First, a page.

Friday, May 16, 2008
Champagne Terrace/Bordeaux (Novotel London West)11:30 AM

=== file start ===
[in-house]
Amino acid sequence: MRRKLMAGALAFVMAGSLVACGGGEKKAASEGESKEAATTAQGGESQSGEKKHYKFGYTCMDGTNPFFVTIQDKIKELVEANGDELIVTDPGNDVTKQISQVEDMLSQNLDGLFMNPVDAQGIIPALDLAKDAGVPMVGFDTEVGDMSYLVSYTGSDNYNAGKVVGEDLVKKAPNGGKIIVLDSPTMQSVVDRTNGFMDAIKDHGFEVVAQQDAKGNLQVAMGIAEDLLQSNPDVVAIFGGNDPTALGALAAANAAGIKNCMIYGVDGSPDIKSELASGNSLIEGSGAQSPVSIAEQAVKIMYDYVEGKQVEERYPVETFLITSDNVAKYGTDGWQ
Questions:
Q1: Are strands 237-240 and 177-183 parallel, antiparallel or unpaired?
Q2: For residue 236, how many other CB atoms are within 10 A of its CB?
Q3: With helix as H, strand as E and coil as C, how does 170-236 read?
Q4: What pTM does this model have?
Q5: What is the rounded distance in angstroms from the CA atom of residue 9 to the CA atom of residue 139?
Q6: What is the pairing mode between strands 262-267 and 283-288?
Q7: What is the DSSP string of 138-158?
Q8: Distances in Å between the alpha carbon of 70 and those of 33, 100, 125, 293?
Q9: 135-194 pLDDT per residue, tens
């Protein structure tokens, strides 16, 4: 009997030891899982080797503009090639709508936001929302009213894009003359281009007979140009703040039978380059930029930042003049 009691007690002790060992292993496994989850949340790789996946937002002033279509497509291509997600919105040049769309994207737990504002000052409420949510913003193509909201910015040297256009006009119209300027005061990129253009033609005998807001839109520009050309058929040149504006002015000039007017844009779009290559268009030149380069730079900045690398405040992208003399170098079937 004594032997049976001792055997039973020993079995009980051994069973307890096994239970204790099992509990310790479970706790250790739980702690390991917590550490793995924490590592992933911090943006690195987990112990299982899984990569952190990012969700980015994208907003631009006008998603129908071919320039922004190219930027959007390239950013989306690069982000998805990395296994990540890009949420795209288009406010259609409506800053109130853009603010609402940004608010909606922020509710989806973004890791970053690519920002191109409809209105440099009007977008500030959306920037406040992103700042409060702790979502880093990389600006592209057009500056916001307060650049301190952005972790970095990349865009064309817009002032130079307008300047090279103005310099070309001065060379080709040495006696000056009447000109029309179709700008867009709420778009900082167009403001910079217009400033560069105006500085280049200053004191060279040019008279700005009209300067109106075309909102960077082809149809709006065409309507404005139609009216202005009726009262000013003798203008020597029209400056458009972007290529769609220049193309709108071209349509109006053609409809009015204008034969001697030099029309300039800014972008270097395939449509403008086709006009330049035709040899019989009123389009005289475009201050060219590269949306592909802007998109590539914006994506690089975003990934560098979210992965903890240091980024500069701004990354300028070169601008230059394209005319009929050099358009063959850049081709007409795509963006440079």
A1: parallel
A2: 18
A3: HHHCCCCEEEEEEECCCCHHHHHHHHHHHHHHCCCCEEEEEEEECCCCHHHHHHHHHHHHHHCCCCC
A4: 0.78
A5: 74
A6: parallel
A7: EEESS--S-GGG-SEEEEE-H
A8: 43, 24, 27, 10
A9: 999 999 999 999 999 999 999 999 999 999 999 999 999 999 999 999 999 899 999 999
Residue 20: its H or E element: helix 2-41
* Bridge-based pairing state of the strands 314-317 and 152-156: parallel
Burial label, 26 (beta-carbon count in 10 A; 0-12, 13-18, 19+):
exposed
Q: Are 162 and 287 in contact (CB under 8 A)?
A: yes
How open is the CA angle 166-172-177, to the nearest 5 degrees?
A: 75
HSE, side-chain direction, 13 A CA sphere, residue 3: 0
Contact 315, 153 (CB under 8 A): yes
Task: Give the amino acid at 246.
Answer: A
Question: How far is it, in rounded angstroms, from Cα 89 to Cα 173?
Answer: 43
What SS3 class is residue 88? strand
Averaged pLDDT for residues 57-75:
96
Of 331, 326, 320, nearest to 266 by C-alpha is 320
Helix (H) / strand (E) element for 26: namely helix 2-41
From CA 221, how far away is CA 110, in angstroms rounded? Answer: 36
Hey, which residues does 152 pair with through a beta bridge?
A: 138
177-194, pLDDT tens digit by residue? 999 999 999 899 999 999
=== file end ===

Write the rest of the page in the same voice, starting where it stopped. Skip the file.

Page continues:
Background: Previous studies indicate that ASD diagnoses are highly stable over time, with Autistic Disorder being more stable than PDD-NOS. Diagnostic stability among younger siblings of children with ASD has received little attention. Some researchers contend that ASDs manifest themselves differently in multiplex families than in simplex families, suggesting that differences in diagnostic stability between multiplex and simplex families are possible. Objectives: To investigate diagnostic stability among younger siblings of children with ASD from age two to age four. Methods: Thirty-two younger siblings of children with ASD (“siblings”) and 136 children from simplex families (“singletons”) were evaluated twice as part of an early detection of ASD study. Time 1 mean age was 23 months for siblings, 27 months for singletons; Time 2 mean age was 49 months for siblings, 55 months for singletons. Both evaluations included a battery of diagnostic, cognitive, and adaptive tests. Diagnoses were assigned based on the DSM-IV symptom checklist, completed using information from testing and clinical judgment. All children received a diagnosis of Autistic Disorder, PDD-NOS, or non-ASD. Results: Chi-square analysis indicated that diagnostic stability was significant in both the sibling and singleton groups. The Positive Predictive Power (PPP) of an ASD diagnosis at time 1 for an ASD diagnosis at time 2 was .800 in siblings and .798 in singletons, indicating that approximately 80% of children from simplex and multiplex families retained an ASD diagnosis from age two to four. Consistent with other studies, a diagnosis of PDD-NOS was less stable in both groups than a diagnosis of Autistic Disorder. Conclusions: Preliminary results from our small cohort of siblings indicate that ASD diagnoses are similarly stable in siblings as in singletons over two years, and that PDD-NOS is a less stable diagnosis than Autistic Disorder.